By replacing some of the genes in mammalian pathogens with those found in arctic bacteria, Francis Nano of the University of Victoria in Canada may have found the key to make a new class of vaccines.
These new strains are able to provoke an immune response in mice, but they do not cause harm as they do not travel to the warmer parts of the body, ScienceMag.org reports. With this knowledge, scientists hope to create vaccines for major bacterial infections, including tuberculosis.
Some temperature-sensitive vaccines have already been released. FluMist is composed of a weakened influenza virus that cannot live at temperatures of 37 degrees Celsius, the temperature inside the lungs. It triggers a protective immune response from inside the nose and throat instead. FluMist was developed by repeatedly growing the virus at increasingly lower temperatures and letting it adapt.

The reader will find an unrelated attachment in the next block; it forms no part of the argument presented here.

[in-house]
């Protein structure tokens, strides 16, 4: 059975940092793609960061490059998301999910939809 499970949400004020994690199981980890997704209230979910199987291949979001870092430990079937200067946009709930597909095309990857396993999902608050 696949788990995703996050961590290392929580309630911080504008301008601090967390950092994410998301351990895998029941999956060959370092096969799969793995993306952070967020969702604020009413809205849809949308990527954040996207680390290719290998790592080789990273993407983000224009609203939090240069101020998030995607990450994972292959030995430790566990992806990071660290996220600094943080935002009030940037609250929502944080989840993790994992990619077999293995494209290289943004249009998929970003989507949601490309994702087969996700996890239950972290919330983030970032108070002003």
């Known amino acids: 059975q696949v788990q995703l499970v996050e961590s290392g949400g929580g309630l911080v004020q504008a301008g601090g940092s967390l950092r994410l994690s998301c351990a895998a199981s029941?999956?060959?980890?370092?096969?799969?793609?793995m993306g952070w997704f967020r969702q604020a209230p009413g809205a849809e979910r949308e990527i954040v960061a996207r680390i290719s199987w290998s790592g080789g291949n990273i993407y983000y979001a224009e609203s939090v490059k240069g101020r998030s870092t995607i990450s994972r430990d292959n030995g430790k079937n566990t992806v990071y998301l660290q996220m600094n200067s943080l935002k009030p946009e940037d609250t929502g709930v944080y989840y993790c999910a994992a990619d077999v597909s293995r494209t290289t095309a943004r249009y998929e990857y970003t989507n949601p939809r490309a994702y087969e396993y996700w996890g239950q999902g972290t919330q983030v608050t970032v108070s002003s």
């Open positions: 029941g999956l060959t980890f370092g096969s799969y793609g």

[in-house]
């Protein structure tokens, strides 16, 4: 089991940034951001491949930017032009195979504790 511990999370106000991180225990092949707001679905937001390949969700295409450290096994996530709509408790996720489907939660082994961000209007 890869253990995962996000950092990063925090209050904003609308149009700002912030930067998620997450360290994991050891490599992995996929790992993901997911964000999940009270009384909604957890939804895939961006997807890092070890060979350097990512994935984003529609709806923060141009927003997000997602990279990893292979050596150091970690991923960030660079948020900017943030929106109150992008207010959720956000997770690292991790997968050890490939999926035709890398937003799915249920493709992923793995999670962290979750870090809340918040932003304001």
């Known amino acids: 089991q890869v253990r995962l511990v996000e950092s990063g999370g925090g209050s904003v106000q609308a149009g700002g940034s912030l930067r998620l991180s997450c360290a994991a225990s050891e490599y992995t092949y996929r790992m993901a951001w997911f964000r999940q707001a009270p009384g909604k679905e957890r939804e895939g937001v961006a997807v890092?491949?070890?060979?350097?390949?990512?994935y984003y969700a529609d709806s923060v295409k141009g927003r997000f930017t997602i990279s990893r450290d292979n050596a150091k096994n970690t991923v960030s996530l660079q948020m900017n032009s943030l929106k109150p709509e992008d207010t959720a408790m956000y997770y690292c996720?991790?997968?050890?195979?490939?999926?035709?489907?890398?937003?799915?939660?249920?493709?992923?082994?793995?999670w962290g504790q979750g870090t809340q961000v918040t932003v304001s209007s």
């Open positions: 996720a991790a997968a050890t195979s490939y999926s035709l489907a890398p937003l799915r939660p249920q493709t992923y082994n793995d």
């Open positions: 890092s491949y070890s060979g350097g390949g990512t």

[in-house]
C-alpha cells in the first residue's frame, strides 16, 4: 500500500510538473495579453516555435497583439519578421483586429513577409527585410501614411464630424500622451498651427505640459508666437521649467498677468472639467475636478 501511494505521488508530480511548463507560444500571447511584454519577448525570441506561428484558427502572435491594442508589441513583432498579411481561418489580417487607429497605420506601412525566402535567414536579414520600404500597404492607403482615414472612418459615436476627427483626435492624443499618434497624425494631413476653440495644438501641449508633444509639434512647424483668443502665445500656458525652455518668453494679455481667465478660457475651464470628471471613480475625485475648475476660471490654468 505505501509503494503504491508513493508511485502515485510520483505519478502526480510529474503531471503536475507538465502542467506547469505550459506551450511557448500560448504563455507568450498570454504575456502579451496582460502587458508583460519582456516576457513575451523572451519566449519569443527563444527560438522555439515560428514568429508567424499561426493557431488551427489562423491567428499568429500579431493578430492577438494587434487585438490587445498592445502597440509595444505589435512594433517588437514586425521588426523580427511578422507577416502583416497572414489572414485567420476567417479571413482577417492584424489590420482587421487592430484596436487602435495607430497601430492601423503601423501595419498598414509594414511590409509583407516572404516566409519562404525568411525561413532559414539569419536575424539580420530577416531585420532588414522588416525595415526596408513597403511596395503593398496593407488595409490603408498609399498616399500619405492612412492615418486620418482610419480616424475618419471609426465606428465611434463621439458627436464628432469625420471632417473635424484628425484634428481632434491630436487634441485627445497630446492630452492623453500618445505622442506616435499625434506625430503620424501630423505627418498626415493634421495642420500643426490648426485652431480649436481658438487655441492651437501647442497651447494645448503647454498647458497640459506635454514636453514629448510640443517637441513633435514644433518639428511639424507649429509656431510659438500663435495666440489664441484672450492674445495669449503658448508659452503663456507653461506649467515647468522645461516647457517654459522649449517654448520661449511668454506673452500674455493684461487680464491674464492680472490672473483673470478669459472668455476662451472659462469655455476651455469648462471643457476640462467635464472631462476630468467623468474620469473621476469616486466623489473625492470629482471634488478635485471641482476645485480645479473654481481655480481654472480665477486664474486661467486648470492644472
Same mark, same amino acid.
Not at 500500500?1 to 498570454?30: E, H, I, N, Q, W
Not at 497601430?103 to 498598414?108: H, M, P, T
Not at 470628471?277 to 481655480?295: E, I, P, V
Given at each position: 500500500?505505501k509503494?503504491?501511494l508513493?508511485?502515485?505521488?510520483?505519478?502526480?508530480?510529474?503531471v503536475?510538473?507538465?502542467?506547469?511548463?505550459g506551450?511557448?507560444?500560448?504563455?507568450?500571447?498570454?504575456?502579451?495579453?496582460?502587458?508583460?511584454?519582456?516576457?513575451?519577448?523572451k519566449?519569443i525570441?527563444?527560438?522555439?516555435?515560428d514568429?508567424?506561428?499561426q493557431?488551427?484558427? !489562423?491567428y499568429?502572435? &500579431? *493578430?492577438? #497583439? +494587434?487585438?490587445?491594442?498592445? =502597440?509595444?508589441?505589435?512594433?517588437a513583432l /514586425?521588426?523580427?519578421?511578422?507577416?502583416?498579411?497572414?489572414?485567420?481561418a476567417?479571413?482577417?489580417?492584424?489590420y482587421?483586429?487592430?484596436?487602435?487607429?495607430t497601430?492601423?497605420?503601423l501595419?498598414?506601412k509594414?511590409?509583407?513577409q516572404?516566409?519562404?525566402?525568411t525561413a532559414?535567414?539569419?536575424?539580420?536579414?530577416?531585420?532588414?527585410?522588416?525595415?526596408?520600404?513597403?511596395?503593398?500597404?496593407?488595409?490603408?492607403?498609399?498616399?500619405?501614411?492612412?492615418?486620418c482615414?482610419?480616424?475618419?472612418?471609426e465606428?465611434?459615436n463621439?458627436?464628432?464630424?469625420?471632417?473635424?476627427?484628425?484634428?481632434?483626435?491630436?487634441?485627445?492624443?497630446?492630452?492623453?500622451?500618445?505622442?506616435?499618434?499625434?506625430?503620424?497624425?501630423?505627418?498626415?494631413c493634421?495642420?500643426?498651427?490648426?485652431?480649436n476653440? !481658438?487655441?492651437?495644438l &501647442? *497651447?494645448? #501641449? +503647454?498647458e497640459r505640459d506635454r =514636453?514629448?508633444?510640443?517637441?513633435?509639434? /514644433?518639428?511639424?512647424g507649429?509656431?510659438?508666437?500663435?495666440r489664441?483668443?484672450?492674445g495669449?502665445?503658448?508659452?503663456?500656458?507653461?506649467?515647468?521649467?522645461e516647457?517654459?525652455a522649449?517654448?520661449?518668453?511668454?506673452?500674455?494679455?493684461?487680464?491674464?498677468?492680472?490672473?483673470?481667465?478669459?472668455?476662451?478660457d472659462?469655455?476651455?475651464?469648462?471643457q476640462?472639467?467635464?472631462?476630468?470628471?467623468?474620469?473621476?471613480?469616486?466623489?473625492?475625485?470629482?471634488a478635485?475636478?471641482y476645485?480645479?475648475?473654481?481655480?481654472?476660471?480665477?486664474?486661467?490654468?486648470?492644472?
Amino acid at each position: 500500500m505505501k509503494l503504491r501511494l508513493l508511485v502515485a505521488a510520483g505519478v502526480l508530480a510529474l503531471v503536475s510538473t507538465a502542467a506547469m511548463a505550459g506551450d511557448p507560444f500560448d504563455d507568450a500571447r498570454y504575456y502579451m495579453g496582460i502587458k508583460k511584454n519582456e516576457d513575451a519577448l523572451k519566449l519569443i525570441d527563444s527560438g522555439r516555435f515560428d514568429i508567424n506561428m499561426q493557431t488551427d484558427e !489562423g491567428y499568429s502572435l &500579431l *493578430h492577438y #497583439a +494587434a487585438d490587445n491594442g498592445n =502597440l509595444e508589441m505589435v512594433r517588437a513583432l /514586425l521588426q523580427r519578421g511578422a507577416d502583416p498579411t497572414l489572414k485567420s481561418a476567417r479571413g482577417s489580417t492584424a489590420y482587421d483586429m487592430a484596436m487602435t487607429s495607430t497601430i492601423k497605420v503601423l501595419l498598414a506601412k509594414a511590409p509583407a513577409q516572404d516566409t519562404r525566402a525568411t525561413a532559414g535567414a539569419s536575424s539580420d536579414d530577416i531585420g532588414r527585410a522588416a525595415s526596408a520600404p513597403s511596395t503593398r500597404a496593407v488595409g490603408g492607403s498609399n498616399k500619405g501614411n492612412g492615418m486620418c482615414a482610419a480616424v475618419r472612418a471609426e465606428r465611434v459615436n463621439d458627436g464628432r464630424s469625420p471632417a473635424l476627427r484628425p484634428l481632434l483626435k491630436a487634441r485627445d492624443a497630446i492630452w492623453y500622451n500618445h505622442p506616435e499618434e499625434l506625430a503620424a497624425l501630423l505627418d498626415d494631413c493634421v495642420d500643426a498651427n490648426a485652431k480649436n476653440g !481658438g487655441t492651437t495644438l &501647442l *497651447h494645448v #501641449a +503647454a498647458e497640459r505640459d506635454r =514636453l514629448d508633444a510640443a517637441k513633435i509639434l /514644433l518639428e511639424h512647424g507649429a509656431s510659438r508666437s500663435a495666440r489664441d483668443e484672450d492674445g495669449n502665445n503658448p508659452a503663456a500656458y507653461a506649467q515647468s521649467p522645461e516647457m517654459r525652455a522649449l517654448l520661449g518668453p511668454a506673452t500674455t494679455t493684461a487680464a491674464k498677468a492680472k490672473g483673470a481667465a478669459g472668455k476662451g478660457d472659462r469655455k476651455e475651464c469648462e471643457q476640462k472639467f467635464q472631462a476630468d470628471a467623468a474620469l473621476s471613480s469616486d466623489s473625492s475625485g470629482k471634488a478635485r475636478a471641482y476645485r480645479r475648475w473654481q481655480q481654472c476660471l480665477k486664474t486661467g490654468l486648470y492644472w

Nano and his team took a bacterial relative of Francisella tularensis - F. novicida - and replaced nine of its genes with their counterparts from Colwellia psychrrythraea, a bacterium found in arctic water and ice.
Nano then injected the altered strains into the tails of rats and found that the strain did not spread to warmer areas like the spleen and lungs. Once this was accomplished, mice, to which F. novicida is normally lethal, were then injected with the new bacteria. They survived, and, when given the unaltered virus three weeks later, were immune, ScienceMag.org reports.
Tuberculosis is Nano’s main target of in this research. His team of scientists was able to demonstrate that they could make a research stand-in for tuberculosis - Mycobacterium smegmatis - temperature sensitive, but have not yet tested it as an eventual vaccine.